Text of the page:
ARRL

ARRL Propagation Bulletin ARLP031 (2013)

SB PROP @ ARL $ARLP031
ARLP031 Propagation de K7RA

ZCZC AP31
QST de W1AW  
Propagation Forecast Bulletin 31  ARLP031
From Tad Cook, K7RA
Seattle, WA  August 2, 2013
To all radio amateurs 

SB PROP ARL ARLP031
ARLP031 Propagation de K7RA

The weekly averages of daily sunspot numbers and solar flux barely
changed at all compared to the previous week.  Average daily sunspot
numbers went from 73.4 to 79.6, while average daily solar flux
decreased from 110.6 to 109.7.
 
The weak peak of this solar cycle continues.  We are moving toward
the fall season, which is always seasonally better than summer for
HF propagation.  Let's hope for a rise in solar activity to
complement the seasonal change.
 
The latest prediction from NOAA/USAF for the near term has solar
flux at 115 on August 2-3, 110 on August 4-6, then 115, 120 and 115
on August 7-9, 105 on August 10-12, 100 on August 13, 105 on August
14-18, 100 on August 19-24, and 125 on August 25.  Flux values hit a
minimum around 100 on September 3-4, and rise to a peak of 135 on
September 11-12.
 
Expected planetary A index is 8, 12 and 8 on August 2-4, 5 on August
5-8, 8 on August 9-10, 5 on August 11-20, then 10, 15 and 10 on
August 21-23, 5 on August 24-26, 10 on August 27, 15 on August
28-31, 8 on September 1, and 5 after September 1.
 
Petr Kolman, OK1MGW presents a weekly geomagnetic prediction from
the Czech Propagation Interest Group.  He predicts active to
disturbed conditions for today, August 2, quiet to active August 3,
quiet to unsettled August 4, mostly quiet August 5, quiet to
unsettled August 6-7, mostly quiet August 8-11, quiet August 12-13,
quiet to active August 14-15, quiet to unsettled August 16-18,
mostly quiet August 19-20, quiet to active August 21-22, and mostly
quiet August 23-24.  Petr says that growth in the solar wind may
cause remarkable changes to the magnetosphere and ionosphere on
August 2-3 and 14-16.
 
NASA released their monthly solar cycle prediction, and there is no
change from last month.  You can read it at
http://solarscience.msfc.nasa.gov/predict.shtml.
 
At the beginning of each month we take a look at the latest numbers
from our 3-month moving average of daily sunspot numbers.  We do not
see any upward trend.  We see two peaks, one toward the end of 2011
and another smaller peak this spring.  In 2011, the 3 month periods
centered on October and November had average daily sunspot numbers
of 118.8 and 118.6.  This spring the 3-month periods centered on
April and May had averages at 106.4 each.  Could these be the
double-peaks of solar activity that some have predicted for this
sunspot cycle?
 
The 3-month moving averages of daily sunspot numbers centered on
January through June 2013 were 73.6, 80.7, 85.2, 106.4, 106.4, and
97.5.  Just to clarify, the 3-month period centered on June includes
sunspot numbers for all of the 92 days from May 1 through July 31.
The sum is 8,970.  Divide that total by 92, and the result is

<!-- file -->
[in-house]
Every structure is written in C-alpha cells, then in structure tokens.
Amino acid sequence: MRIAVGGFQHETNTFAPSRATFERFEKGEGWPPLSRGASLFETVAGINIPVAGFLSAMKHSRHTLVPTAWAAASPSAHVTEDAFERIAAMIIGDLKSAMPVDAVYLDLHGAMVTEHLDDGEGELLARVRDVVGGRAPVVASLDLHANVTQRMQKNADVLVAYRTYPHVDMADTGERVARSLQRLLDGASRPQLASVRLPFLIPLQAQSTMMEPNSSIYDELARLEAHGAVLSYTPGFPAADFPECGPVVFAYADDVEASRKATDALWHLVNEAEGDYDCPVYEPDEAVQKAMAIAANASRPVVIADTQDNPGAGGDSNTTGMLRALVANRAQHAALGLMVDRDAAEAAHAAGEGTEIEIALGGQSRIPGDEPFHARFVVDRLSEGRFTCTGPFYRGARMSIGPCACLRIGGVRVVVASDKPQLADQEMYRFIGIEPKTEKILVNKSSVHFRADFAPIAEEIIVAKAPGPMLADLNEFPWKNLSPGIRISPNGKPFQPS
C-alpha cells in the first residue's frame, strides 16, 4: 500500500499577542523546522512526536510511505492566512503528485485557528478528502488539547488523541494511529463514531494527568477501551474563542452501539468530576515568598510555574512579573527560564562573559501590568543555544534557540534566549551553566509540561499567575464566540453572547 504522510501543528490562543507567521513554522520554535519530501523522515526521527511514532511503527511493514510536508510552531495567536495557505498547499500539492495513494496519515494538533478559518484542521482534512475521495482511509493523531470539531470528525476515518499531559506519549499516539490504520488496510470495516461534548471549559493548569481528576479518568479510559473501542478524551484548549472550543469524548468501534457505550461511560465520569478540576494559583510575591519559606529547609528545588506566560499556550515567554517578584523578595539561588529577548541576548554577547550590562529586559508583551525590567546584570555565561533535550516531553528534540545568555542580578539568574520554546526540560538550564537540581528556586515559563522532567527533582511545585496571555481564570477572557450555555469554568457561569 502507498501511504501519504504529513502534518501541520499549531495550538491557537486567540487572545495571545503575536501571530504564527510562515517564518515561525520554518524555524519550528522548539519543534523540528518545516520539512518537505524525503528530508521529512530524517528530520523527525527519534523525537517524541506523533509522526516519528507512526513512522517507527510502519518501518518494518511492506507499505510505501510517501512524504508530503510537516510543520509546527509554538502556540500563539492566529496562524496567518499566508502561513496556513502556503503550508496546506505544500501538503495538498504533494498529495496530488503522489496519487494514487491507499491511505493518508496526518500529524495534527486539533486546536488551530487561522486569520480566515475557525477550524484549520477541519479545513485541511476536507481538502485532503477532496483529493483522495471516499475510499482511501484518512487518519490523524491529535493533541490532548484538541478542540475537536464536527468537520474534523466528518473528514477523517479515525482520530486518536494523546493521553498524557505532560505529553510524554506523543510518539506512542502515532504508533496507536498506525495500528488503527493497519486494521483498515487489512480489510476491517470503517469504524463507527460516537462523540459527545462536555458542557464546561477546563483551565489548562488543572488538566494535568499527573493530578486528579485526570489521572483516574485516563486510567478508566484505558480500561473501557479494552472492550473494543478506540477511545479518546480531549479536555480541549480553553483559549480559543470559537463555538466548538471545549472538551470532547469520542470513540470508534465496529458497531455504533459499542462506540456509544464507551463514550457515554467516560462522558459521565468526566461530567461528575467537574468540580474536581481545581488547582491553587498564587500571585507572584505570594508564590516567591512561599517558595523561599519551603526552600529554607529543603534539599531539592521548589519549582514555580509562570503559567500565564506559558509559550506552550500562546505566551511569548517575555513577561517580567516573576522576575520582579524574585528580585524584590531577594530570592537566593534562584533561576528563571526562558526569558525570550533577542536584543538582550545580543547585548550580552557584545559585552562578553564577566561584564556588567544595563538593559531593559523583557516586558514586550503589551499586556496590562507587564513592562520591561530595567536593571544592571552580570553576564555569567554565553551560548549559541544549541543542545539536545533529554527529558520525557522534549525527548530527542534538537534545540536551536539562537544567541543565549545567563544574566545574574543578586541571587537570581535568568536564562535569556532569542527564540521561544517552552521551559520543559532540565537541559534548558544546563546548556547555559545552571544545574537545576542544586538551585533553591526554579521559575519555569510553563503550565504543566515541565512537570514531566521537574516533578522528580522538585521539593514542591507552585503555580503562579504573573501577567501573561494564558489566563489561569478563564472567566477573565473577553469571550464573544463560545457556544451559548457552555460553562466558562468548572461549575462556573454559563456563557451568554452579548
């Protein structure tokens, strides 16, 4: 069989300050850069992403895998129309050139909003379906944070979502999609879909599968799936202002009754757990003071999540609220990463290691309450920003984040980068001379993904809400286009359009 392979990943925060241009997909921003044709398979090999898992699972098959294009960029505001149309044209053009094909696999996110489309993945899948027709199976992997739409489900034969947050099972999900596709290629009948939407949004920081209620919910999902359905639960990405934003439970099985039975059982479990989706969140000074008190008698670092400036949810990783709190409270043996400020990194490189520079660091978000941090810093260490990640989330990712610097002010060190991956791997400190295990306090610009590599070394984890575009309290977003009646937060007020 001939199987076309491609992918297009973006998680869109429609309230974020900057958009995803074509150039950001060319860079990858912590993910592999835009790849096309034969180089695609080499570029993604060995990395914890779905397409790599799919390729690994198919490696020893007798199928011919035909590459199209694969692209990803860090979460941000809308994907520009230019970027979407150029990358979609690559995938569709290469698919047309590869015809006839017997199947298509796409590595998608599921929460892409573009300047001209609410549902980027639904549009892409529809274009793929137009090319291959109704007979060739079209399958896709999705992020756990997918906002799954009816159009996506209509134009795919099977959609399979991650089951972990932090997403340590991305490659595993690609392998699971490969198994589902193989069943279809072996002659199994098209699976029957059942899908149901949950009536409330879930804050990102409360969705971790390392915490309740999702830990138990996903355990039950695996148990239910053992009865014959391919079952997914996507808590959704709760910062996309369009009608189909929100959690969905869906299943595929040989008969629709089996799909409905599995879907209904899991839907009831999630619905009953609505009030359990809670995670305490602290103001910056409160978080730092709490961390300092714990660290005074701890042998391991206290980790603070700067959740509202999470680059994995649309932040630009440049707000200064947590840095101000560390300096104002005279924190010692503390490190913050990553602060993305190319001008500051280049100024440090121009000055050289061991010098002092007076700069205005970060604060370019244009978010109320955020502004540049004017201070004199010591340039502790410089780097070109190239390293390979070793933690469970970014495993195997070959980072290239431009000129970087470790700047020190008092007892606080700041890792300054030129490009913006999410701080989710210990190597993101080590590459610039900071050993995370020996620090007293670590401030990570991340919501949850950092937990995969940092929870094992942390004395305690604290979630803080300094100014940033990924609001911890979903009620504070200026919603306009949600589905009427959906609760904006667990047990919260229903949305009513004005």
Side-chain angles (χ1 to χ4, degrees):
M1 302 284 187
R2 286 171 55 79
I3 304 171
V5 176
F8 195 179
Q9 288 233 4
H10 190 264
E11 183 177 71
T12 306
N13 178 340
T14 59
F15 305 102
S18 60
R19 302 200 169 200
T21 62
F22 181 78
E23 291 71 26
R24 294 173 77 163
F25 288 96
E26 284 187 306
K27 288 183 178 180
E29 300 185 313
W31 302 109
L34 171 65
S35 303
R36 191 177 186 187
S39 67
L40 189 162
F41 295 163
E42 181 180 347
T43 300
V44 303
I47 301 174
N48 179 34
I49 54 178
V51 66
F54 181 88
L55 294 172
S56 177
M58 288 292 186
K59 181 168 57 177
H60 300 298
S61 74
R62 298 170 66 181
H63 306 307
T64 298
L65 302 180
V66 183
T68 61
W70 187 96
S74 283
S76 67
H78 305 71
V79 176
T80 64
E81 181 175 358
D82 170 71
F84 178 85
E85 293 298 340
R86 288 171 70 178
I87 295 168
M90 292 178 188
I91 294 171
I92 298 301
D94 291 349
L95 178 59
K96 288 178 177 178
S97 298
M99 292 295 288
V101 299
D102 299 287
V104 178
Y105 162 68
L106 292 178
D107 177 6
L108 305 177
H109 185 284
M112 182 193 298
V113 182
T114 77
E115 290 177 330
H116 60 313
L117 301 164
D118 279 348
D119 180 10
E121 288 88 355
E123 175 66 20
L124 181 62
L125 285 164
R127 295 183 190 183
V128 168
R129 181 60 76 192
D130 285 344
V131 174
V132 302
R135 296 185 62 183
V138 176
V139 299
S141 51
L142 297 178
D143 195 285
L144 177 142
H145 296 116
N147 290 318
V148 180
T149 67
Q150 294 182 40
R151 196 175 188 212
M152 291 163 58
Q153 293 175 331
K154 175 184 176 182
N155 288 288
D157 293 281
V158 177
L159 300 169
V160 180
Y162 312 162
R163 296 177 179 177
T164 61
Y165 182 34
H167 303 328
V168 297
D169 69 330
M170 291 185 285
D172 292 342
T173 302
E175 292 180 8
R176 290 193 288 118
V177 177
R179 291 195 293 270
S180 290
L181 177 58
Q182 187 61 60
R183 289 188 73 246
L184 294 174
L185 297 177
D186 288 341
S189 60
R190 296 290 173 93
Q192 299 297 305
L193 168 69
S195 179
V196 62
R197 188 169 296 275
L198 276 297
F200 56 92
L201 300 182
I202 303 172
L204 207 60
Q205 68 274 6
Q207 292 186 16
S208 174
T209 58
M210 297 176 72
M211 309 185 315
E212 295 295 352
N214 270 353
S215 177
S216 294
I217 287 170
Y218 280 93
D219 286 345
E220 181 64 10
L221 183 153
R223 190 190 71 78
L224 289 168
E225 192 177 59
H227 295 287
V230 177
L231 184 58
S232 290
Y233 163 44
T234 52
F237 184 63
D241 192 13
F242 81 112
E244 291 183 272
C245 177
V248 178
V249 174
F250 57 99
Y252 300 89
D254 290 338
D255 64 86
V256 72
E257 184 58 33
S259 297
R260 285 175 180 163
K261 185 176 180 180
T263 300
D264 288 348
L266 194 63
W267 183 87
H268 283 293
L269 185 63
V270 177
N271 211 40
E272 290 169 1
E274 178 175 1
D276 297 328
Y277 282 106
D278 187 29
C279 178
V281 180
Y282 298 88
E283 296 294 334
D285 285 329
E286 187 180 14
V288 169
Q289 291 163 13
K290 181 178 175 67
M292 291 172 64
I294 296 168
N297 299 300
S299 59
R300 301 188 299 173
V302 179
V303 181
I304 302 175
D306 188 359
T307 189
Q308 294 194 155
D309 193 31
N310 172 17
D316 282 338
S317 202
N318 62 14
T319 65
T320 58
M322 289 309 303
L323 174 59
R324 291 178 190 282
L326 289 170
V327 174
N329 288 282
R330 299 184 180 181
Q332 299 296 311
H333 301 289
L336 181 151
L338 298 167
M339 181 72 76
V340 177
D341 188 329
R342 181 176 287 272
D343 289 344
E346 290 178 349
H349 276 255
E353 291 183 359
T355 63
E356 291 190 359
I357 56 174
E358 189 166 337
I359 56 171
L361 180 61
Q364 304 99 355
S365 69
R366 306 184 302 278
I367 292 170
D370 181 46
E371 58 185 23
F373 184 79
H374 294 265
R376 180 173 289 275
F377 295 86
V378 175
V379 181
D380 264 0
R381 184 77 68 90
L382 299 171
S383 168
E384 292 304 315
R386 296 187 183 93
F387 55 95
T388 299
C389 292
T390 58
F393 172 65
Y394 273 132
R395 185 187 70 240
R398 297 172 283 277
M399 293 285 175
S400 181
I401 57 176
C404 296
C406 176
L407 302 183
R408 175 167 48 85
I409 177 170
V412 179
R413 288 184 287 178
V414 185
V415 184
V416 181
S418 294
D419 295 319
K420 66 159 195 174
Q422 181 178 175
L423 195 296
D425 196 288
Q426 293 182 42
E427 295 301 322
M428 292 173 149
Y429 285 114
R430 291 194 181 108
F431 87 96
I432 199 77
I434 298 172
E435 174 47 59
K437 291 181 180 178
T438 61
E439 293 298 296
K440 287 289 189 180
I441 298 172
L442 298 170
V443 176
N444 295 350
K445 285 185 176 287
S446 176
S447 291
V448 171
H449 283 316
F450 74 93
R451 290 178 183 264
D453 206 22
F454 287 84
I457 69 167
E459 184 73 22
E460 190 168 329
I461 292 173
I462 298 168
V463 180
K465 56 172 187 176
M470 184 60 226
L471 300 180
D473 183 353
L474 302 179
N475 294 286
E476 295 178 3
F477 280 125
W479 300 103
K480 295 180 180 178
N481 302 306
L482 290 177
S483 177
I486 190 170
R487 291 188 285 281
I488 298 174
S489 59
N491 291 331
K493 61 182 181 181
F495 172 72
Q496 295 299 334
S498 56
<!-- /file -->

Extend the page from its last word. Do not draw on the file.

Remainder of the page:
exactly 97.5.
 
Jon Pollock, K0ZN of DeSoto, Kansas reported 17 meter observations
in last week's bulletin ARLP030, and this week has another report.
He wrote, "I won't keep reporting this, but I thought this was again
instructive since I am seeing this so frequently lately.  On Friday,
July 26 I was up late and again decided to give 17 meters a try at
Midnight CST.  Again 17 meters was very quiet, no signals at all.
i.e.  'Dead'.  Except that I heard some weak thunderstorm crashes in
the background.  My experience has been that often when you hear
that, the QRN source is a long way away.  I called CQ about five
times (400 watts CW into a ground mounted vertical with a large
radial system) and VK7CW in Burnie, Tasmania came back (now about
12:15 AM CST) with a nice signal, about S-6.  He was running 100
watts to a hexbeam.  We ended up having a rag chew, and ours were
the only signals either one of us could hear on the band over a
9,380 mile path from Eastern Kansas.  Again, 17 meters is more often
than not open when it seems dead, often for long haul contacts."
 
Rick Lindquist, WW1ME sent a link to yet another article about the
current solar cycle being the weakest in one-hundred years.  It also
mentions a July meeting of the American Astronomical Society Solar
Physics Division, which was in Bozeman, Montana.  You can read the
article at 
http://www.universetoday.com/103803/solar-cycle-24-on-track-to-be-the-weakest-in-100-years/.  
The American Astronomical Society promises to have downloadable
presentation files from the meeting, but nothing yet.  They will be
posted at http://solar.physics.montana.edu/SPD/SPD2013/.

For more information concerning radio propagation, see the ARRL
Technical Information Service at
http://arrl.org/propagation-of-rf-signals.  For an explanation of
the numbers used in this bulletin, see
http://arrl.org/the-sun-the-earth-the-ionosphere.  An archive of
past propagation bulletins is at
http://arrl.org/w1aw-bulletins-archive-propagation.  More good
information and tutorials on propagation are at http://k9la.us/.
 
Monthly propagation charts between four USA regions and twelve
overseas locations are at http://arrl.org/propagation.
 
Instructions for starting or ending email distribution of ARRL
bulletins are at http://arrl.org/bulletins.
 
Sunspot numbers for July 25 through 31 were 71, 58, 64, 68, 97, 105,
and 94, with a mean of 79.6.  10.7 cm flux was 106.9, 109.5, 107.9,
109.4, 112.1, 113.1, and 108.7, with a mean of 109.7.  Estimated
planetary A indices were 11, 14, 11, 7, 6, 6, and 5, with a mean of
8.6.  Estimated mid-latitude A indices were 10, 23, 10, 8, 7, 6, and
5, with a mean of 9.9.
NNNN
/EX